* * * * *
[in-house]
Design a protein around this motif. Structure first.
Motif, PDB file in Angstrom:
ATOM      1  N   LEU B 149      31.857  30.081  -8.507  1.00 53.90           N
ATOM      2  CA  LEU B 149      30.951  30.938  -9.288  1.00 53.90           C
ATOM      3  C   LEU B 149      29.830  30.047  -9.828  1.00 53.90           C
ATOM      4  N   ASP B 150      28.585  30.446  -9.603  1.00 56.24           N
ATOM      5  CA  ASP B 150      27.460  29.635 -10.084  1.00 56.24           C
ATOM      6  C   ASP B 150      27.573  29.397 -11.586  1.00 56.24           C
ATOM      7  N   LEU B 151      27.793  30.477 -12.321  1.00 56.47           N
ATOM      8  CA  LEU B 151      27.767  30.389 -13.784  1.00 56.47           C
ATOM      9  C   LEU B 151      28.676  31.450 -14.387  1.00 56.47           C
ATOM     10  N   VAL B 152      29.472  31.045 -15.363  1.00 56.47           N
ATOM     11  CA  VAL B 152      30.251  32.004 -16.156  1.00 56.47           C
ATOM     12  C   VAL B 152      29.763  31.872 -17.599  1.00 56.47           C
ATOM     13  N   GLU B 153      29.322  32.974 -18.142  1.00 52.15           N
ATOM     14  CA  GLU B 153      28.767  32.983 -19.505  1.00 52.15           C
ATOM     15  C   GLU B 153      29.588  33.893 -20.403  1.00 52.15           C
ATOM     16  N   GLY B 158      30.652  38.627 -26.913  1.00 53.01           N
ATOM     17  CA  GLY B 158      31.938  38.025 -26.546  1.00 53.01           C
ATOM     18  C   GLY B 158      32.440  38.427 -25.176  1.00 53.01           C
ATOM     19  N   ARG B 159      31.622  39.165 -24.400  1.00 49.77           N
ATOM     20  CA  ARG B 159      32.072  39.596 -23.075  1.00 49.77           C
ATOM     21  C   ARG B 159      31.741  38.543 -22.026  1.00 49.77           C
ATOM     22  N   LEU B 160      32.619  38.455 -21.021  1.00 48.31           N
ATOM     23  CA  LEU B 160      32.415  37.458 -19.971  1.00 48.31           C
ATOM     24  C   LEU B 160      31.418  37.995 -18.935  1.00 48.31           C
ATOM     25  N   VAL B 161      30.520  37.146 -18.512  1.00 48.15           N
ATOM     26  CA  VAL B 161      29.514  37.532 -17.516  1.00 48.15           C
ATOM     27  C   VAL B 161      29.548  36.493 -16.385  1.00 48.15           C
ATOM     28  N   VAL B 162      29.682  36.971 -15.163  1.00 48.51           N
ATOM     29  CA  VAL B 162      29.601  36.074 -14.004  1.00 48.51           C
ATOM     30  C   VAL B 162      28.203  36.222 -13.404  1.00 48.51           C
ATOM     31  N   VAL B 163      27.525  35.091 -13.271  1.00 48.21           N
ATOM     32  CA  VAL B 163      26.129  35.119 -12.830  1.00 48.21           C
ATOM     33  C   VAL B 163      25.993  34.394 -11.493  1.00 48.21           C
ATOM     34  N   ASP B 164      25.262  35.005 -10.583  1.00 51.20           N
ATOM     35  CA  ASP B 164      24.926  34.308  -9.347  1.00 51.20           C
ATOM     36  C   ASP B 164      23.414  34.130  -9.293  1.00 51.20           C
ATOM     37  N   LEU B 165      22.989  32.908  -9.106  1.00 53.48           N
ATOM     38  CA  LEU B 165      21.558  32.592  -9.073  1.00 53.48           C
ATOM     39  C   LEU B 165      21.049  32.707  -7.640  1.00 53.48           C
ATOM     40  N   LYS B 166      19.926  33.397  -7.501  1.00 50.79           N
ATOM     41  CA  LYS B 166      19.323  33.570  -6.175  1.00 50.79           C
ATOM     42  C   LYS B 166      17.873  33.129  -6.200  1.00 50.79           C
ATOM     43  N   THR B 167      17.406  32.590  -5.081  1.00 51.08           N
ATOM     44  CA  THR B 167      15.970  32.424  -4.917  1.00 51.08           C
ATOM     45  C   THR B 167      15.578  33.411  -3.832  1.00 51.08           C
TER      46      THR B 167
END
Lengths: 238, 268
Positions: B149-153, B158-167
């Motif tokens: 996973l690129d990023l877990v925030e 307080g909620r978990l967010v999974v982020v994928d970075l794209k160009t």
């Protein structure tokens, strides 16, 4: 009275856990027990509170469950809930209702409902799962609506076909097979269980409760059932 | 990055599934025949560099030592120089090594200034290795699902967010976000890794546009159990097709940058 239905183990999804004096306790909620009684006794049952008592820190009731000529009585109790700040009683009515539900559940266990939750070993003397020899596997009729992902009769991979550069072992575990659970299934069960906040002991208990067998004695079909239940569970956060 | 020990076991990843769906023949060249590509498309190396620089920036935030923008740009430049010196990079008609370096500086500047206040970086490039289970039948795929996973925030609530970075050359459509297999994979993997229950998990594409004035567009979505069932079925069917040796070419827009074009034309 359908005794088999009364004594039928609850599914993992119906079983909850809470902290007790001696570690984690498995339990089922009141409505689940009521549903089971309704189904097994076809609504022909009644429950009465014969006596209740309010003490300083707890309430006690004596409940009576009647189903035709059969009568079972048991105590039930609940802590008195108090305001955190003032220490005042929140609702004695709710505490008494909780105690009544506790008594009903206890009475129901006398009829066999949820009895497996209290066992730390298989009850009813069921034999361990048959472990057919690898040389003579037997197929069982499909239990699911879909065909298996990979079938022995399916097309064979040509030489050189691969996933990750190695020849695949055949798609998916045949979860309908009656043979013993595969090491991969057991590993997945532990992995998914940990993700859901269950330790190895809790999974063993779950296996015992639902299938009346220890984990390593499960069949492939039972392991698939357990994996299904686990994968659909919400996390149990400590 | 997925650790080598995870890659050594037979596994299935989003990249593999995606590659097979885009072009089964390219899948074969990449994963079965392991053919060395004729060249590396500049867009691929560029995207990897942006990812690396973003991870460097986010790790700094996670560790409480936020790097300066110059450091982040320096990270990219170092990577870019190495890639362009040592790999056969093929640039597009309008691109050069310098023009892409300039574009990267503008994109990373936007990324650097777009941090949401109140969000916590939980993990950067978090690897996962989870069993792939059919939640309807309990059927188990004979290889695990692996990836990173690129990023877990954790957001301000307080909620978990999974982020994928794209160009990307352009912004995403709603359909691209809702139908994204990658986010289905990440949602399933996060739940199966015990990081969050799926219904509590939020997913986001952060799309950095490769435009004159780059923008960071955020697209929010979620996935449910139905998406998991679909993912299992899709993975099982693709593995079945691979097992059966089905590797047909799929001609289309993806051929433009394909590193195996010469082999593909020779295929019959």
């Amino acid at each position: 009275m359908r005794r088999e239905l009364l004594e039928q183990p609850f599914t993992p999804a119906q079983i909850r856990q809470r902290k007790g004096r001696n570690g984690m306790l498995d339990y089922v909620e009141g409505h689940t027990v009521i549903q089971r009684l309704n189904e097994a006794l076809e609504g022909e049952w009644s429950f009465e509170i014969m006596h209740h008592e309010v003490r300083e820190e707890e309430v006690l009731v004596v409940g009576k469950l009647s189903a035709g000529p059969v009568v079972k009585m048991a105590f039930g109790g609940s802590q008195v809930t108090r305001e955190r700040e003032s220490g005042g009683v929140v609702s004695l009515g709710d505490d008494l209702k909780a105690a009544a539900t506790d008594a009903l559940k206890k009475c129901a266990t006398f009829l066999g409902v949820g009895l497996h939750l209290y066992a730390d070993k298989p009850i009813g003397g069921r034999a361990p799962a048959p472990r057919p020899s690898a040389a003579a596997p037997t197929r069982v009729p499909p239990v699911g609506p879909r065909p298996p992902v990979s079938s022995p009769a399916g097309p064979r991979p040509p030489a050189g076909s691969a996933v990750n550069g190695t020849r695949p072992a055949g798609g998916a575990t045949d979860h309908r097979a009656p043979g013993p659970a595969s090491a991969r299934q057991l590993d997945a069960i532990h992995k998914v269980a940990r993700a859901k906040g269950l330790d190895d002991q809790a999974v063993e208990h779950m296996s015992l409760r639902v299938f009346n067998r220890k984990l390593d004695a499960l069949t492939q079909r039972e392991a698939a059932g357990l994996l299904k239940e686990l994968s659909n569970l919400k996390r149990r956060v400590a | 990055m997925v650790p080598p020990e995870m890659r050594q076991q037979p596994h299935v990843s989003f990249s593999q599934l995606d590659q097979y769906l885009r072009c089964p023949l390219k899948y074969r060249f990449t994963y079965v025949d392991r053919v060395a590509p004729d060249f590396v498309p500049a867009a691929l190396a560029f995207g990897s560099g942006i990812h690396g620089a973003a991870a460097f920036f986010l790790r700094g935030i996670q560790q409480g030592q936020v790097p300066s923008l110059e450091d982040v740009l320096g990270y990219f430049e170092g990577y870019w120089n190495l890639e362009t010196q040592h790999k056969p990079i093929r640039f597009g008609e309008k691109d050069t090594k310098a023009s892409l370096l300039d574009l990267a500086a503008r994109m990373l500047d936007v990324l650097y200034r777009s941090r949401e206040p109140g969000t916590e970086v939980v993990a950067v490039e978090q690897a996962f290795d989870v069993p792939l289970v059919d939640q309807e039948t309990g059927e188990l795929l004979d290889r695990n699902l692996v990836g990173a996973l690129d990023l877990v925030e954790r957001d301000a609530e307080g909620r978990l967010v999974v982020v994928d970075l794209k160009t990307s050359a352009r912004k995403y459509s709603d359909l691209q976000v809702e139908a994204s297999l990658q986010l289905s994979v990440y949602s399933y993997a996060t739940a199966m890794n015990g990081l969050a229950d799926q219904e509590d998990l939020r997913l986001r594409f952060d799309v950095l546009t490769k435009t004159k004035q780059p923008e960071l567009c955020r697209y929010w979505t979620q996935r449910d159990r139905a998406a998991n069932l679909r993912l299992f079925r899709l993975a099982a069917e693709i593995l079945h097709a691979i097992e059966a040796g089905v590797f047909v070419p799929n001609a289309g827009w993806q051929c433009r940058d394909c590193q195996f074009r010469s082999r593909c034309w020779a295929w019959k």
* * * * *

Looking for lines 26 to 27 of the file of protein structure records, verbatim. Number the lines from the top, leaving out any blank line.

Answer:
ATOM     23  CA  LEU B 160      32.415  37.458 -19.971  1.00 48.31           C
ATOM     24  C   LEU B 160      31.418  37.995 -18.935  1.00 48.31           C